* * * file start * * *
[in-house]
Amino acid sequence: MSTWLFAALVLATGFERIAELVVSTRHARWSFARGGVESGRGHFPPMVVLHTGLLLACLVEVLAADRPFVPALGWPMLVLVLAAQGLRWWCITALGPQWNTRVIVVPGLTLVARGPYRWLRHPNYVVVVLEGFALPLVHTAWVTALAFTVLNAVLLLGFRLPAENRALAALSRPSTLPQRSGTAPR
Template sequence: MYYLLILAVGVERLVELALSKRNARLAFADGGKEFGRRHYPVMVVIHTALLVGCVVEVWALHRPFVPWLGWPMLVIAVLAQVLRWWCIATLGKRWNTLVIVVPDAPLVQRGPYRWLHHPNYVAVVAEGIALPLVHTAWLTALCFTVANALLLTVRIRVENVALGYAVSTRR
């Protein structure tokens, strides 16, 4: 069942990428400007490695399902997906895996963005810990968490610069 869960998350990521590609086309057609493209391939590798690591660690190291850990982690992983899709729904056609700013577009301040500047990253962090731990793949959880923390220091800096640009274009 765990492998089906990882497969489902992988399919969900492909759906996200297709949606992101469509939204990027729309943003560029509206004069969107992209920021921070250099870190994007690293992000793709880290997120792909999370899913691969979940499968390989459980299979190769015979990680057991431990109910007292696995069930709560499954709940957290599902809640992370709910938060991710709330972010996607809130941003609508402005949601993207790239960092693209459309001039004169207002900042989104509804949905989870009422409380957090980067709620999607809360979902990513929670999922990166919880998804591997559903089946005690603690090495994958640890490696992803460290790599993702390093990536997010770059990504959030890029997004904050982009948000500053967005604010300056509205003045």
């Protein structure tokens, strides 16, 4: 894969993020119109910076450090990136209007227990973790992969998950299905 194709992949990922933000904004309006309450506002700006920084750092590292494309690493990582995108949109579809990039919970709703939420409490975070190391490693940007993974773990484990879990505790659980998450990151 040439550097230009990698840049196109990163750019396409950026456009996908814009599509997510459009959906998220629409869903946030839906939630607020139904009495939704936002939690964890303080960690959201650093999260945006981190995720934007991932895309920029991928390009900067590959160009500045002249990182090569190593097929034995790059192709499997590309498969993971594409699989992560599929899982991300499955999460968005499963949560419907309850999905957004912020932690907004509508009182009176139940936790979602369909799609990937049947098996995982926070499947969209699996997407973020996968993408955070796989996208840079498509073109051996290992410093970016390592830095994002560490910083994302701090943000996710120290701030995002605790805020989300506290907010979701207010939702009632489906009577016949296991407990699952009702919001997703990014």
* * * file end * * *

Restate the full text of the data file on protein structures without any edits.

[in-house]
Amino acid sequence: MSTWLFAALVLATGFERIAELVVSTRHARWSFARGGVESGRGHFPPMVVLHTGLLLACLVEVLAADRPFVPALGWPMLVLVLAAQGLRWWCITALGPQWNTRVIVVPGLTLVARGPYRWLRHPNYVVVVLEGFALPLVHTAWVTALAFTVLNAVLLLGFRLPAENRALAALSRPSTLPQRSGTAPR
Template sequence: MYYLLILAVGVERLVELALSKRNARLAFADGGKEFGRRHYPVMVVIHTALLVGCVVEVWALHRPFVPWLGWPMLVIAVLAQVLRWWCIATLGKRWNTLVIVVPDAPLVQRGPYRWLHHPNYVAVVAEGIALPLVHTAWLTALCFTVANALLLTVRIRVENVALGYAVSTRR
């Protein structure tokens, strides 16, 4: 069942990428400007490695399902997906895996963005810990968490610069 869960998350990521590609086309057609493209391939590798690591660690190291850990982690992983899709729904056609700013577009301040500047990253962090731990793949959880923390220091800096640009274009 765990492998089906990882497969489902992988399919969900492909759906996200297709949606992101469509939204990027729309943003560029509206004069969107992209920021921070250099870190994007690293992000793709880290997120792909999370899913691969979940499968390989459980299979190769015979990680057991431990109910007292696995069930709560499954709940957290599902809640992370709910938060991710709330972010996607809130941003609508402005949601993207790239960092693209459309001039004169207002900042989104509804949905989870009422409380957090980067709620999607809360979902990513929670999922990166919880998804591997559903089946005690603690090495994958640890490696992803460290790599993702390093990536997010770059990504959030890029997004904050982009948000500053967005604010300056509205003045």
């Protein structure tokens, strides 16, 4: 894969993020119109910076450090990136209007227990973790992969998950299905 194709992949990922933000904004309006309450506002700006920084750092590292494309690493990582995108949109579809990039919970709703939420409490975070190391490693940007993974773990484990879990505790659980998450990151 040439550097230009990698840049196109990163750019396409950026456009996908814009599509997510459009959906998220629409869903946030839906939630607020139904009495939704936002939690964890303080960690959201650093999260945006981190995720934007991932895309920029991928390009900067590959160009500045002249990182090569190593097929034995790059192709499997590309498969993971594409699989992560599929899982991300499955999460968005499963949560419907309850999905957004912020932690907004509508009182009176139940936790979602369909799609990937049947098996995982926070499947969209699996997407973020996968993408955070796989996208840079498509073109051996290992410093970016390592830095994002560490910083994302701090943000996710120290701030995002605790805020989300506290907010979701207010939702009632489906009577016949296991407990699952009702919001997703990014």